Maithripala Sirisena taking up the leadership of the SLFP is controversial after getting elected as the President. Of course, one advantage was the smooth passage of the 19th Amendment and subsequent formation of the ‘national unity’ government. He also must have felt isolated, if he is divorced from the party, as his socio-economic policies are different to the UNP. That is understandable. However, if he has done so by promising to protect Rajapaksas, then that has been a betrayal of his mandate. Unfortunately, he seems to be protecting some others as well.
While Maithripala Sirisena is one of the finest leaders that Sri Lanka has ever picked, his role at the beginning was feeble, particularly facing the general elections in August 2015. Otherwise, many of the Rajapaksa clowns could have been avoided entering Parliament. He has also not yet taken firm action in reforming the SLFP. That is one reason for the Rajapaksa resurrection in the party.
He is also required to give leadership to the country. After all he is the President. While at present he is by and large quite articulate in expressing his views, it is not clear whether his practical actions or administrative measures are quite matching with what he says. Given the possibilities of Rajapaksa trying his best to destabilize the country beginning 2017, there is a clear need to maintain ‘rule of law,’ ‘law and order,’ ‘public order’ and avoid chaos in the country which could be quite harmful to the economy. He along with the Prime Minister should have a firm grip of the armed forces, the police and more importantly the bureaucracy.
There is no question about the knowledge, experience and even personal integrity of Ranil Wickremesinghe. But he appears weak as a popular leader. Personal integrity is also not a guarantee for complicity in others’ deviations especially when they border on his economic ideology. This is particularly the case in the Central Bank bond issue. Although it might not be an outright fraud, like during the Rajapaksa period, the amounts involved allegedly through inside trading are extremely high.
Although he has declared a social-market economy in theory, the recent policies and initiatives show quite the opposite and an orientation towards an extreme form of neo-liberal economic ideology. This goes against the economic interests of the ordinary masses and the country. That is why the people are turbulent. This also creates a friction within the national unity government of the UNP and the SLFP. The SLFP policies are apparently different and the President talks about ‘social democracy.’ Unless they find a middle ground and work on an agreed basis, the economic policies of the government would be in jeopardy.
The same goes for his Lichchavi policies. It is not by giving perks and positions that a ‘national unity’ government could be preserved. This is a mistaken or rather an abusive orientation on the part of both Sirisena and Wickremesinghe. The jumbo cabinet and ministries without clear demarcations have become the greatest liability to this government and to the country. Most glaring has been the weaknesses and even blunders in economic management. Wickremesinghe seems to have weak points when it comes to friends and party loyalists. Within the government, there are genuine complains from SLFP ministers that they are side lined through UNP loyalists within their own ministries.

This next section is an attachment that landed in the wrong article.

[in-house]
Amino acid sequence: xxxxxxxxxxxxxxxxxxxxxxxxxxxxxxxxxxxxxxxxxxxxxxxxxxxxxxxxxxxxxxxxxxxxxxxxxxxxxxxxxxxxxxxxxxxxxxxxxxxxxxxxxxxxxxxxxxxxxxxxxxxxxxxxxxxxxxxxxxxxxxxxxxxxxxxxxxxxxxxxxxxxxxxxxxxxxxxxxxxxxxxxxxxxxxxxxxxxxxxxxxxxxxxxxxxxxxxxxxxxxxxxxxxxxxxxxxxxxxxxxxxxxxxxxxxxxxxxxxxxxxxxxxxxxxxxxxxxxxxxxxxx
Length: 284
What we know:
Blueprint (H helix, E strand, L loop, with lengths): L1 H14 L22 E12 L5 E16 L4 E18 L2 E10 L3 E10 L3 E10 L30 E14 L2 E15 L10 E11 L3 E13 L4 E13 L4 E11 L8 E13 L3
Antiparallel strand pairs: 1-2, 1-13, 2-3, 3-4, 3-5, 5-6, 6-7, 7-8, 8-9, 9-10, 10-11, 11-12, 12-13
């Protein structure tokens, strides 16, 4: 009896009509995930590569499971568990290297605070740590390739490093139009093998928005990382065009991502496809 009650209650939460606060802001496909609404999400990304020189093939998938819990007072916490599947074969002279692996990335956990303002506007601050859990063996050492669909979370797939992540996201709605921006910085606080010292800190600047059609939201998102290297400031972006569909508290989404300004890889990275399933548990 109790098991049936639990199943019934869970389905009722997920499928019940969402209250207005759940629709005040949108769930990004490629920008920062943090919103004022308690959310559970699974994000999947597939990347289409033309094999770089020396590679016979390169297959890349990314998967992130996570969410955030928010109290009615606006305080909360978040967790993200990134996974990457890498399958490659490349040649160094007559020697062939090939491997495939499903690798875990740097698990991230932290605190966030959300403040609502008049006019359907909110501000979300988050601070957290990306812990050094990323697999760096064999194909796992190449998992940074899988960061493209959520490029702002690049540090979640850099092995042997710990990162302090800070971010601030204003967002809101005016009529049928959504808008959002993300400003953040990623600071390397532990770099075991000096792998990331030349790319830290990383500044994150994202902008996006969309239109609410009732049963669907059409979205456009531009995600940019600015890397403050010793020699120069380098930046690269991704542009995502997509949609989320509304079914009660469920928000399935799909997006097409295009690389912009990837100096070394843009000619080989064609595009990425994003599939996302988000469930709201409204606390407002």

Mahinda Rajapaksa’s new year resolution is about creating chaos in the country in 2017. Any appeasement with his destructive forces would be suicidal for the government and for the people. It would be extremely dangerous for Sirisena. What Rajapaksa has done during the first term can be appreciated including the defeating of the LTTE. However, his authoritarianism, suppression of democratic rights, indulgence/approval of corruption and continuous subjugation of minorities cannot be condoned.
A course correction is necessary for Yahapalanaya, like what Obama advocated for globalization. However, this might not come automatically. A major brunt of the matter would be left for democratic forces that brought the change in 2015. These forces include the civil society, professionals, the left, liberals, the minorities and progressives in general. All ideals might not be achieved, but the need of the hour is to prevent the ‘old regime’ resurrecting in different forms. Among many organizations involved in the democratic change, Puravesi Balaya (People’s Power) seems to be going in the right direction by constructively criticising the government and trying to prevent a Rajapaksa come back.
One positive aspect of the present government or the two leaders is its/their flexibility and openness. However, the government seems to be quite poor in communication. The media is important including the social media and innovative initiatives. Their poor communication became categorically clear on the issue of the Development (Special Provisions) Bill.
A course correction for Yahapalanaya should include at the minimum: (1) Strong pro-poor policies; not Western Megapolis, but regional development and happy villages. (2) Immediate holding of local government elections under the prevailing system, whatever the outcome (3) Implementing efficiently the existing international trade agreements without rushing for new ones (4) Strengthening of local enterprises with international assistance (5) Closer understanding between the UNP, the SLFP, the TNA and the JVP as much as possible (6) A smaller Cabinet of 30 and cohesive ministries and (7) Moral high ground on the part of the leaders and drastic reduction of perks and privileges of the politicians and officials.
If the leaders are ready to sacrifice, the people would be ready to undergo hardships. Mahinda Rajapaksa’s new year resolution will be a dream, if a proper course correction is implemented for Yahapalanaya.